Brexit, Schmexit, it’s globalisation rather than Brussels that squeezes national sovereignty…

Caroline de Gruyter is the correspondent for NRC Handelsblad in Vienna, and she makes an important point about the rather faux character of the debate on the EU Referendum, thus far…

A former village mayor conceded to me that Swiss locals had become rich by selling vineyards to multinational companies and by renting out houses to the new globalized middle class. Life was good, he said; the well-off immigrants Switzerland had managed to attract made other nationals green with envy.

“But we’ve sold our souls and destroyed our social tissue,” he added. Another official complained that the government was ignoring the Swiss refusal to join the EU: “It doesn’t matter how we vote. Every year, we get more EU regulation via the back door.”

So those who claim that certain EU member states should leave the union and be like Switzerland are deceiving the electorate. Switzerland has the same problem as EU countries: a considerable loss of sovereignty. The cause is not Brussels, but globalization. Quitting the EU is therefore a false remedy, and it is time those fantasists up north realized that.

That would be the political trilemma again, a matter already amply covered in Slugger’s archive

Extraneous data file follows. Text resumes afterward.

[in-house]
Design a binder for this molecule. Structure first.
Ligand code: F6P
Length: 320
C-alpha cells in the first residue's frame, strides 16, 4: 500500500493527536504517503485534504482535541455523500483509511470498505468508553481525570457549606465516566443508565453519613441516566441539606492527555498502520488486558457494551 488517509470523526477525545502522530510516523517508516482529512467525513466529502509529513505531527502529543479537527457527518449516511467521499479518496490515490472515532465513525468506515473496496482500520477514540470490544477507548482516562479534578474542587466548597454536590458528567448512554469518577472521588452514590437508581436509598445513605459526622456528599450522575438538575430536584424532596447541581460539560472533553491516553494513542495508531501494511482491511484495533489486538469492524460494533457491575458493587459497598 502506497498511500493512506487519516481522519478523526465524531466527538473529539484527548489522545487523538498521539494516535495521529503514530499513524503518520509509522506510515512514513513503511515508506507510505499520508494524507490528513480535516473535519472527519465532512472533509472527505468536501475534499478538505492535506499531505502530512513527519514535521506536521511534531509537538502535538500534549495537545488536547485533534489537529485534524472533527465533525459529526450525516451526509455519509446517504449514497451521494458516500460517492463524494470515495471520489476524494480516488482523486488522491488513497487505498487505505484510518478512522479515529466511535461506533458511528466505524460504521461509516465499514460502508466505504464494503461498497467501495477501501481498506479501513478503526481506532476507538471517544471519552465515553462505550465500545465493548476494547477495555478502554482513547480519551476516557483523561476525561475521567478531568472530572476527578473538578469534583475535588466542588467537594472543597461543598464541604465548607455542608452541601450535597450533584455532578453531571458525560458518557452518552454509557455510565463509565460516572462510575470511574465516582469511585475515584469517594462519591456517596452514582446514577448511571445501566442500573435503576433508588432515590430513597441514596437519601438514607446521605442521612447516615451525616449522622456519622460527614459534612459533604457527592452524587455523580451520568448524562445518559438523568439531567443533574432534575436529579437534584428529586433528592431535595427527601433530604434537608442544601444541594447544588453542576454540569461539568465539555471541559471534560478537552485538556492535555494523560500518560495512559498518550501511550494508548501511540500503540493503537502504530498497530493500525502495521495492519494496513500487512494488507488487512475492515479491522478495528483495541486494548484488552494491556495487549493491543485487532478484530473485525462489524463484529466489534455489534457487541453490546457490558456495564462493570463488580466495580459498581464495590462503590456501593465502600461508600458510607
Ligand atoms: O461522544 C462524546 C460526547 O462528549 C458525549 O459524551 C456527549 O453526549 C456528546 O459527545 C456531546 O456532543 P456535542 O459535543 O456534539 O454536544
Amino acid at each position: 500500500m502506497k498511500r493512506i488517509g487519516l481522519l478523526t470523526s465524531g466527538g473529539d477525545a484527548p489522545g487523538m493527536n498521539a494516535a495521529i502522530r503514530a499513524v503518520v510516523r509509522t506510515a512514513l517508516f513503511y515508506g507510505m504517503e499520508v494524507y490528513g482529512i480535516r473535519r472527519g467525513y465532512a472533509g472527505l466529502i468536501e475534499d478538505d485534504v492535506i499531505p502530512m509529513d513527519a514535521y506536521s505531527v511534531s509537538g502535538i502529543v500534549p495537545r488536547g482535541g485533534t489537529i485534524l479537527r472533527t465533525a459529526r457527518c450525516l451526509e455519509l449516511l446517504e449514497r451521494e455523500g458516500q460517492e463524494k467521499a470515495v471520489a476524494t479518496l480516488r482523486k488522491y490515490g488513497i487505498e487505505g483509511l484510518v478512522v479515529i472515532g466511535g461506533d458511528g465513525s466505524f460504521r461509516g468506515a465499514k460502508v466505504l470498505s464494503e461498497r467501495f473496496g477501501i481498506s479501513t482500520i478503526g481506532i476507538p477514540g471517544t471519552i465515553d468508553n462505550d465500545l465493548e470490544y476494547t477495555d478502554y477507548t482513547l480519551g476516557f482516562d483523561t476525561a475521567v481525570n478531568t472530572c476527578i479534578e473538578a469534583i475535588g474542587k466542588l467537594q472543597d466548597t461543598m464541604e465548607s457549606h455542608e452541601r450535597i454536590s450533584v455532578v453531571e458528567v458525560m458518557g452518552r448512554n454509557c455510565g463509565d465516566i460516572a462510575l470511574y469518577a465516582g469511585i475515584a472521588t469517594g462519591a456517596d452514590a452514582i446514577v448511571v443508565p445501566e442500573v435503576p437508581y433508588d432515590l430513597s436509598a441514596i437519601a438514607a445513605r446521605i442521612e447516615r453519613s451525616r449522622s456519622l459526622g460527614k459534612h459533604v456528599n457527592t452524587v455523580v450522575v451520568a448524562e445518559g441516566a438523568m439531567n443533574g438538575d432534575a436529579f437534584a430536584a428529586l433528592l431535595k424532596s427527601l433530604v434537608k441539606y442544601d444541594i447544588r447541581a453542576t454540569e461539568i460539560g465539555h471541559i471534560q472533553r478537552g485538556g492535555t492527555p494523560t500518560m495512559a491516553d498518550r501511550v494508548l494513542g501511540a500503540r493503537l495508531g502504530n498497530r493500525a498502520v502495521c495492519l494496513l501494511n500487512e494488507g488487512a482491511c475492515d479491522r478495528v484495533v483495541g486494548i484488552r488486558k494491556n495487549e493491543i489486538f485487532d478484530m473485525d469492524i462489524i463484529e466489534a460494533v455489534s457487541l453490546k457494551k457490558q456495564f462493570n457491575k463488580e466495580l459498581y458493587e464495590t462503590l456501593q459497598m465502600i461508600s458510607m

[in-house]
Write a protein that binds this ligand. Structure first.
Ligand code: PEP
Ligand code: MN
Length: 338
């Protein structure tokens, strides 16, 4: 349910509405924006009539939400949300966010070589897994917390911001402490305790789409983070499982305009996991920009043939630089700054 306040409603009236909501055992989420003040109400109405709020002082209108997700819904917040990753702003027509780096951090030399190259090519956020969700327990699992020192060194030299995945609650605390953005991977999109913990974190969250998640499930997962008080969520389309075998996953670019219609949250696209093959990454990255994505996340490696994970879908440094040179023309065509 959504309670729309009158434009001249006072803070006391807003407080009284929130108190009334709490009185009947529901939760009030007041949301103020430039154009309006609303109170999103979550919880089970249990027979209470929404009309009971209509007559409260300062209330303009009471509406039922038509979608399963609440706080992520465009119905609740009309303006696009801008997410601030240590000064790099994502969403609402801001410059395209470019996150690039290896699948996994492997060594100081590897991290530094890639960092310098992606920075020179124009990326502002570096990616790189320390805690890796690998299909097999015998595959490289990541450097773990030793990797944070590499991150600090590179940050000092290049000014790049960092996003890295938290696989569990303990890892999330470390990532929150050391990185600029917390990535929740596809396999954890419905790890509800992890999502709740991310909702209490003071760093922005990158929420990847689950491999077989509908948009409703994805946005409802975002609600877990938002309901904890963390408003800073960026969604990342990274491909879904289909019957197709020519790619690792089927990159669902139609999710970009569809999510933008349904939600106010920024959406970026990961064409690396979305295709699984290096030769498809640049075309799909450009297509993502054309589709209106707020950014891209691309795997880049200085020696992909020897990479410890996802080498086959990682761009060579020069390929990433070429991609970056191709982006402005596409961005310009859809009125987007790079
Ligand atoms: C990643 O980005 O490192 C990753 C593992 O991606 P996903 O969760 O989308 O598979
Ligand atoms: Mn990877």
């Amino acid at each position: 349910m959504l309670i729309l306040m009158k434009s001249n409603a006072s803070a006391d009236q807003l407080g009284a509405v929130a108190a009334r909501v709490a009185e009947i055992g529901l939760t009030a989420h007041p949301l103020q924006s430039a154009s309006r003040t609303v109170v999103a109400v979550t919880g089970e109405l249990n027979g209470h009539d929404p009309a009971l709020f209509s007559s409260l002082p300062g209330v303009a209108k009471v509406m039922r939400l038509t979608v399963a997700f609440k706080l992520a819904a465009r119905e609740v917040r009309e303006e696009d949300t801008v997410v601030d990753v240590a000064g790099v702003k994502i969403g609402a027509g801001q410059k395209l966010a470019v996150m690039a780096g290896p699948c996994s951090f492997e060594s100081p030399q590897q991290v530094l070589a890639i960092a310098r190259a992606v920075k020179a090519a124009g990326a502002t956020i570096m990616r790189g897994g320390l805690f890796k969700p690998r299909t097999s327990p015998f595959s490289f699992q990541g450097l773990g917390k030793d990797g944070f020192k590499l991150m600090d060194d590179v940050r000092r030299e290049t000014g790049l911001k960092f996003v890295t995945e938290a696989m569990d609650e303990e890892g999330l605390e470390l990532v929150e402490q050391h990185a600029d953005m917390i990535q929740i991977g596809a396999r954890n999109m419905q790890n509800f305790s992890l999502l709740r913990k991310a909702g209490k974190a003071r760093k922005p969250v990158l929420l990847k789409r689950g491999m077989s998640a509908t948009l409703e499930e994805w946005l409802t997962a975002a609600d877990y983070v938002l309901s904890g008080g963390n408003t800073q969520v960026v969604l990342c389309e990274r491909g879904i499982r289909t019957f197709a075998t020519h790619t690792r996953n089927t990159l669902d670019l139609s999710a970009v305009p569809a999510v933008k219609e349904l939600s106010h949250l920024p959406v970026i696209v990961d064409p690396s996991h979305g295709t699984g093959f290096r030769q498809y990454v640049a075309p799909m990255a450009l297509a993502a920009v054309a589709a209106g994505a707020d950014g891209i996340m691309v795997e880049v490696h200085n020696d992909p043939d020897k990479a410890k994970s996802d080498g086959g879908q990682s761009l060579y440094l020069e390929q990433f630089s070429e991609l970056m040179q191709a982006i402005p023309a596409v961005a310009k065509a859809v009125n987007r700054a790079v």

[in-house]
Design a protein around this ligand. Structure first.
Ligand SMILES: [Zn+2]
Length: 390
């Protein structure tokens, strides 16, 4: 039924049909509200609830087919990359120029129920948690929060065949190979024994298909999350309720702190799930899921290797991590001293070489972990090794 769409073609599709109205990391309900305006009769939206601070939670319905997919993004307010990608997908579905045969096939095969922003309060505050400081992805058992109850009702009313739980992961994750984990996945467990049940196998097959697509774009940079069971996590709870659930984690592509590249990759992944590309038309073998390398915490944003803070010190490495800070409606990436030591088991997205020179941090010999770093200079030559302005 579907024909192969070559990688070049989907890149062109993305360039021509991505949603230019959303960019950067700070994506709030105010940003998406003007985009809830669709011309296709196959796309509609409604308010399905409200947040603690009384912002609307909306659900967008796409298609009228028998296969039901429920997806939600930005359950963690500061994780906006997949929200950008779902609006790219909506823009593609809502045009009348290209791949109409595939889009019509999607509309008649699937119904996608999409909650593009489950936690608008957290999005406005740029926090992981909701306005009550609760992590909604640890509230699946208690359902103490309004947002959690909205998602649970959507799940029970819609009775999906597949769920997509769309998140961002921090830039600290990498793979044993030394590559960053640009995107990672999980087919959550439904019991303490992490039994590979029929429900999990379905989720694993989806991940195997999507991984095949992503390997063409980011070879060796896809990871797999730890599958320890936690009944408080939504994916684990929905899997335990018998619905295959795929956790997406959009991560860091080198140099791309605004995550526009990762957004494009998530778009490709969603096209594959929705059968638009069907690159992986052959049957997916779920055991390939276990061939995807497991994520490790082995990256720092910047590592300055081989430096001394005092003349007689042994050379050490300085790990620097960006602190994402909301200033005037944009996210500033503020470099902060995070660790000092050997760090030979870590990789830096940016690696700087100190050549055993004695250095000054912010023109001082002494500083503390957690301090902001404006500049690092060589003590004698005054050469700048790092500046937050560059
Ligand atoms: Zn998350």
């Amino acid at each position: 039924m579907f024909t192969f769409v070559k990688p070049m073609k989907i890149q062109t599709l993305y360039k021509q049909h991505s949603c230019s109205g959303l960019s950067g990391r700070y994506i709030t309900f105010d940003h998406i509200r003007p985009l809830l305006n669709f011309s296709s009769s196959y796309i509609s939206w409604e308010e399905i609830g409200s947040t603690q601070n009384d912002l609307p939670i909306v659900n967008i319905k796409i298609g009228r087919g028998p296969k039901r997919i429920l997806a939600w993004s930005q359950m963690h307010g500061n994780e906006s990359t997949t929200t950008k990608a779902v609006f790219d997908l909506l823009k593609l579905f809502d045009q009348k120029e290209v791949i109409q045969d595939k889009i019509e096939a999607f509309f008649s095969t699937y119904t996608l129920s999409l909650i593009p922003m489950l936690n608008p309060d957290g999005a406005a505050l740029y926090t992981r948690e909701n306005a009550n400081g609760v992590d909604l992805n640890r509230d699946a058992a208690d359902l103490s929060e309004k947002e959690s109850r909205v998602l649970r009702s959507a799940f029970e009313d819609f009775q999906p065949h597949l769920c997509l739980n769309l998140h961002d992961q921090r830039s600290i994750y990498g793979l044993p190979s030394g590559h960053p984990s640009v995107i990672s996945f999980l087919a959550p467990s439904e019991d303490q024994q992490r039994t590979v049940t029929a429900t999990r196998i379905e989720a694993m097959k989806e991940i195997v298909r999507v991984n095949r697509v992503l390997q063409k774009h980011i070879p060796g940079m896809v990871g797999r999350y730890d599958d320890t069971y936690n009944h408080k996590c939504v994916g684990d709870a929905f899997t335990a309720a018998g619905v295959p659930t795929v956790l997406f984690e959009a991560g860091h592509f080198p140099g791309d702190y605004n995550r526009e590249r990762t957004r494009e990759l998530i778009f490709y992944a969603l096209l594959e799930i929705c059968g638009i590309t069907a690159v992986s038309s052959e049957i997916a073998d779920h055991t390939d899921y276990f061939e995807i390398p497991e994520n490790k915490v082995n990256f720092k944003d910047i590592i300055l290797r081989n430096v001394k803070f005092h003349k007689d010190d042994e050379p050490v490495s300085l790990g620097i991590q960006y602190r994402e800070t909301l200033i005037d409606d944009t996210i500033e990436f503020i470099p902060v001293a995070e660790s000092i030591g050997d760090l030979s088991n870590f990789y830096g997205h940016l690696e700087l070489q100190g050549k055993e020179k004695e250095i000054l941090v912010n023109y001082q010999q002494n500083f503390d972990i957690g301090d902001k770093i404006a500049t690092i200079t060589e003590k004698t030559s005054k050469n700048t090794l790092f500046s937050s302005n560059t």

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  • Sergiogiorgio

    So what are we arguing about here? The UK having a democratic vote to leave the EU or the impact of globalisation or both. One we can, and should, do something about. The other we have or no control over. Switzerland would appear to me to be doing well out its current arrangements. Greece on the other hand is a financial basket case….you choose.

  • jonlivesey

    If globalization is the driving force, then the UK should represent itself in international forums instead of depending on the EU to do it. There is no way that the EU is ever going to put UK interests ahead of those of France and Germany.

  • Kevin Breslin

    It does. The big problem is the twin desire to be part of a common market but have absolutely nothing in common with it partially driven by xenophobic fears around diversities.

    Before joining the EC, the UK was struggling with unilateral “Take it or leave it” deals that were inflation rocketed, and manufacturing and trade declined, inconsistent with a post-colonial world where other nation states had freedom to compare trading partners. Sick Man of Europe, comparisons with Turkey who were following a similar our rules or no deal hard-balling approach with no compromise or partnership.

    There is no real constraint on bilateral relations with non-EU countries. The idea that every foreign tariff outside of Europe will go away is nonsense. UK has billion pound bilateral oil deals with Brazil that the Eurosceptics don’t want to admit exist.

    Every bilateral trade deal will be a give and a take, and I’m sorry but the Eurosceptics aren’t very vocal about the “Giving” part for some reason

    There is no reason to believe that the UK would get any better a deal from the Cricket Players than from the Ryder Cup partners.